Song review: Gordon Lightfoot

Don’t worry — I’m not going into vivid detail on Wreck of the Edmund Fitzgerald. That’s because others have done it for me. (And here’s another analysis, this one more technical.

This song shows the difference between a great storyteller and a hack. Consider the one line: “The lake it is said never gives up her dead when the skies of November turn gloomy.” That sounds like some old wives’ tale, but it’s actually based on fact. (Alert: Mildly gruesome material ahead.) Bodies do not rise to the surface under conditions such as the storm that took the Fitzgerald.

So Lightfoot took one bizarre scientific fact and turned it into poetry. Brilliant. And a perfect example of why I realized sometime in college that I could practice guitar until my hands fell off, but I’d never be a great songwriter.

Of course, I could also practice drums all day and never play the fill from ZZ Top’s LaGrange. Some things require the right mix of talent and alcohol.


Song review: Big Country

Surprise! I’m not reviewing the song that shares the band’s name (In A Big Country) or even the underrated Fields of Fire. Today’s song was released roughly 12 years after the band’s brief U.S. heyday. It’s called God’s Great Mistake.

The lyrics might not break any new ground here in the genre of socially relevant music that U2 perfected. The band laments the violence that permeates our supposedly free society and tosses in perhaps the most overt Christian reference in its repertoire. (IIRC, Big Country, Simple Minds, Midnight Oil and U2 itself all professed a certain degree of faith. U2 even had to fight off the “Christian Rock” label at one point.)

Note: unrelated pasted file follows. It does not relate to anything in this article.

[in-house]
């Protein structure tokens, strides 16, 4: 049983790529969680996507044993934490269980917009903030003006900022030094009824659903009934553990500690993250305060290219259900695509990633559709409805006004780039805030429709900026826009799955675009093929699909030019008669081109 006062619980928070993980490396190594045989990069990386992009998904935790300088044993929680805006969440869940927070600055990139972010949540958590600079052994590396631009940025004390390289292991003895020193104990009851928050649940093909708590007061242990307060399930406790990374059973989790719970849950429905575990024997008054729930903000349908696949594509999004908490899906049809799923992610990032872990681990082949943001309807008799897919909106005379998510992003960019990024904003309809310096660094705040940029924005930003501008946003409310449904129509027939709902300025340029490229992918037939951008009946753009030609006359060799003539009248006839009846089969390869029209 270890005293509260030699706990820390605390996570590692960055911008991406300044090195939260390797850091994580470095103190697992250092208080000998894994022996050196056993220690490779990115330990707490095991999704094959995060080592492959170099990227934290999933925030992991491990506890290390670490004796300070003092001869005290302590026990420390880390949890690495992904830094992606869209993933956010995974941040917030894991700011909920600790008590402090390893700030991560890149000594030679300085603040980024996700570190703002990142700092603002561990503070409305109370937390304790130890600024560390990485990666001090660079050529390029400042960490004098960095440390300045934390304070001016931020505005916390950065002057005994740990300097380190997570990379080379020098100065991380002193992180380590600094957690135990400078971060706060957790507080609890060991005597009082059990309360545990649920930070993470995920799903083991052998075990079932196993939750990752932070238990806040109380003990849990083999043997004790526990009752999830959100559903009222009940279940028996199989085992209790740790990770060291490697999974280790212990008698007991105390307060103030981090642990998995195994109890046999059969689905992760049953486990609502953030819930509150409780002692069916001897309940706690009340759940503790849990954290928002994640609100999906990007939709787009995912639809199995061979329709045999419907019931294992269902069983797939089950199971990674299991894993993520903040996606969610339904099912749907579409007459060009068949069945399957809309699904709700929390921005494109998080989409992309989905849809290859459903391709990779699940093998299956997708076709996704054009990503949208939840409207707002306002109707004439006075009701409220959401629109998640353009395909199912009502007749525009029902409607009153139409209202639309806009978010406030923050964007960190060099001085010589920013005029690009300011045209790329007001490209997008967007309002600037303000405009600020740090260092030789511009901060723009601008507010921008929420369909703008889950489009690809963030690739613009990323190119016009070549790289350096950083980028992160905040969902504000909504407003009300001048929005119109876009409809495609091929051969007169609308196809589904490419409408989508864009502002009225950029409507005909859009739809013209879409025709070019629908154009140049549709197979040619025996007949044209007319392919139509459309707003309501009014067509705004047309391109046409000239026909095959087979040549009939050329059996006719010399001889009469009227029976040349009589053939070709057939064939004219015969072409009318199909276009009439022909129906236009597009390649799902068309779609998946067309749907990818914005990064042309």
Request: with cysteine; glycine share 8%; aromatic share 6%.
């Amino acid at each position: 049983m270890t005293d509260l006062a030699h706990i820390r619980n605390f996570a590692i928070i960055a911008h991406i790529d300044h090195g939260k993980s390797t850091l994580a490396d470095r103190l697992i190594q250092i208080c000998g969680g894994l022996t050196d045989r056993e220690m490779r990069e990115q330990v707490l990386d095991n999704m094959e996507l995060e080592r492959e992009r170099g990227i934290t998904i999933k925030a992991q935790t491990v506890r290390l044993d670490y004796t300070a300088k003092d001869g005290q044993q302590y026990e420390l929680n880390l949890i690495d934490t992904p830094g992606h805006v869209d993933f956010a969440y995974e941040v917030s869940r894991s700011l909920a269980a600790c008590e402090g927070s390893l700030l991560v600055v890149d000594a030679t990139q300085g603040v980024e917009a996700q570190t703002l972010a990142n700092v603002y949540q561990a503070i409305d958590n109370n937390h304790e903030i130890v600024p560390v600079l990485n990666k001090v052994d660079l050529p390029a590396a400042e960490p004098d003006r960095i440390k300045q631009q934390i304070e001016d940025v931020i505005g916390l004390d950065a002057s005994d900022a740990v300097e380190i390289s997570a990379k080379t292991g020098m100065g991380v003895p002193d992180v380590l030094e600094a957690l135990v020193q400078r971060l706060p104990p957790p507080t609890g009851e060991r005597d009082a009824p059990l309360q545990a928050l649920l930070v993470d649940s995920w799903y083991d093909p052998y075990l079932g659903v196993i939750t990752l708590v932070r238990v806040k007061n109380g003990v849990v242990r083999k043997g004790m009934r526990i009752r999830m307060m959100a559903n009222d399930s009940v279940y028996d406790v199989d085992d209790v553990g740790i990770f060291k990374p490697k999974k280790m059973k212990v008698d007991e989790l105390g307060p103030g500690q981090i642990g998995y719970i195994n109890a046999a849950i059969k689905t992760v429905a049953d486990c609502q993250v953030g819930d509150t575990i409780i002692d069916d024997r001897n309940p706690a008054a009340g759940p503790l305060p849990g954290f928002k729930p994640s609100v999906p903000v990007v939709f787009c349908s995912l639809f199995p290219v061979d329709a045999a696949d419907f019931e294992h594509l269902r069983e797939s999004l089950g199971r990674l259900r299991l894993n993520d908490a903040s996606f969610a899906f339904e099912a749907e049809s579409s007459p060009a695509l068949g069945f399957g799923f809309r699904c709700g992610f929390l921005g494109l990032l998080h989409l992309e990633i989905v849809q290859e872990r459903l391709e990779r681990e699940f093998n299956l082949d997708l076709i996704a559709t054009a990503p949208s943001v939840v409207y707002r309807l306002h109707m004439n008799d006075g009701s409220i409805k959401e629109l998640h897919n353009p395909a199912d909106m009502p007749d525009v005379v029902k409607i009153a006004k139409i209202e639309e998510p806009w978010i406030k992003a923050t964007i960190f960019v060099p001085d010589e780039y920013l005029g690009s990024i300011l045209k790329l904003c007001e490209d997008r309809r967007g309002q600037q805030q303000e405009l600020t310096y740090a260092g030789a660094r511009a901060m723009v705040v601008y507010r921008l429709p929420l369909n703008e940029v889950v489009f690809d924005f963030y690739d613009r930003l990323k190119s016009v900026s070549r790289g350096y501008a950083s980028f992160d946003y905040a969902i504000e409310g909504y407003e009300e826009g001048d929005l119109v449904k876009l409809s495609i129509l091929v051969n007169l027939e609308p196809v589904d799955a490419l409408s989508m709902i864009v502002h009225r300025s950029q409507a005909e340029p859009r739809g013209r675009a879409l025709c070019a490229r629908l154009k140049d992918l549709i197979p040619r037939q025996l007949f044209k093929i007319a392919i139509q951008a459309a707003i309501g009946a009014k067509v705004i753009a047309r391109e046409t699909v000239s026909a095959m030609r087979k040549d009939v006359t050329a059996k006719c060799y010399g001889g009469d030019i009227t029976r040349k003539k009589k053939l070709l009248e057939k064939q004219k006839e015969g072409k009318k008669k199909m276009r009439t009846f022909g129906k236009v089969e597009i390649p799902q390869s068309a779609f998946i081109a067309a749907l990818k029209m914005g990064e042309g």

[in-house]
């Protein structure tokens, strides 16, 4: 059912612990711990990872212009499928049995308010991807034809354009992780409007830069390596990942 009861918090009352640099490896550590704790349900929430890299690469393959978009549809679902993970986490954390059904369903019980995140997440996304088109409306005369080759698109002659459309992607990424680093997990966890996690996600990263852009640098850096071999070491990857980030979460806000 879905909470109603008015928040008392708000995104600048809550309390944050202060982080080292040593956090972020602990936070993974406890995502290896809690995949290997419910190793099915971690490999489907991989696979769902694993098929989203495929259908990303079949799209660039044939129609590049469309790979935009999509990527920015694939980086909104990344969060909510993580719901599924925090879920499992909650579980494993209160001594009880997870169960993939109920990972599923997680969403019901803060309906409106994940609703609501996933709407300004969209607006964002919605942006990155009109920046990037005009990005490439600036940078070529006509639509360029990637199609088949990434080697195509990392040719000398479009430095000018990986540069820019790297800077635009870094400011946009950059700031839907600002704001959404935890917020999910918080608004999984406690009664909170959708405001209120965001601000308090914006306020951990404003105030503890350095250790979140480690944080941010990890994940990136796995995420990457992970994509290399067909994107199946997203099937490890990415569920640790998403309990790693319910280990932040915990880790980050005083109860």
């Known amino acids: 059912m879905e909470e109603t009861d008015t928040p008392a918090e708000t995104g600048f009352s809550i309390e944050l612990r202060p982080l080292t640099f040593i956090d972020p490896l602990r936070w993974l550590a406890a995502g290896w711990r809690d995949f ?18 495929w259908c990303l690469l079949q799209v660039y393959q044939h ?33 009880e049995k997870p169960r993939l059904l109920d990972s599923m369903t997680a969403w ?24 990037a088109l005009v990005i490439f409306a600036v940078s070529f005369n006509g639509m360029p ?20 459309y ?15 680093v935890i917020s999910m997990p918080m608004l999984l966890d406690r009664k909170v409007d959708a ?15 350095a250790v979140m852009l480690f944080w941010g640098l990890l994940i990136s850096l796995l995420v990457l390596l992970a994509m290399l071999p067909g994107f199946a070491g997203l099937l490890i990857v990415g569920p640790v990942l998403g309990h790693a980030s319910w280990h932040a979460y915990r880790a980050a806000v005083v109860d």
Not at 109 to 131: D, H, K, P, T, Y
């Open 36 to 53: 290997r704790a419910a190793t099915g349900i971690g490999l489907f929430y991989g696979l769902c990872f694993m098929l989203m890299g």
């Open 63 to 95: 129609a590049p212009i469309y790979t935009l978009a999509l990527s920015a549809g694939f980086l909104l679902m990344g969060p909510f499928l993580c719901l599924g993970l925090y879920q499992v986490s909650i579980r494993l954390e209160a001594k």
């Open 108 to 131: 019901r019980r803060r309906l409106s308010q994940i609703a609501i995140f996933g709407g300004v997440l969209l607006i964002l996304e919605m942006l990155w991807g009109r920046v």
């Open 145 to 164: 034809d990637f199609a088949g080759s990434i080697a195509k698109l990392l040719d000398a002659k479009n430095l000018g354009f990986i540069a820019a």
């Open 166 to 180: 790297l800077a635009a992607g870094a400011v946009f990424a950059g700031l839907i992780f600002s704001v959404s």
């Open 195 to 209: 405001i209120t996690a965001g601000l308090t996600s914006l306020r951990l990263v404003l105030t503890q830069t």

The funny thing about this song is this: It rocks. Forget the guitars-as-bagpipes sounds you remember. They turned up the guitars to 11 for this one and let drummer Mark Brzezicki (who had been out of the band for a few years) cut loose.

This is one of several good songs I’ve heard from their 1995 album Why The Long Face?, though allmusic.com seems underwhelmed. The others include the sentimental Take You To The Moon and a portrait of drug addiction called You Dreamer. This album is also their penultimate full studio release if I’m counting correctly; 1999’s Driving to Damascus is critically acclaimed but apparently not in Launch.com’s playlist. Stuart Adamson, sadly, took his own life a couple of years later.

I’ll admit to being a little angry that I had to turn to Launch to hear music from the mid-90s that commercial radio abandoned in the mid-80s. Aerosmith has no trouble getting airplay for its tired retreads of the songs that sustained their late 80s comeback, but Big Country and many other 80s bands you could name (The Cure jumps to mind) weren’t played at all.

Their loss. And enough reason to explore Launch, XM, cable radio and any other alternatives.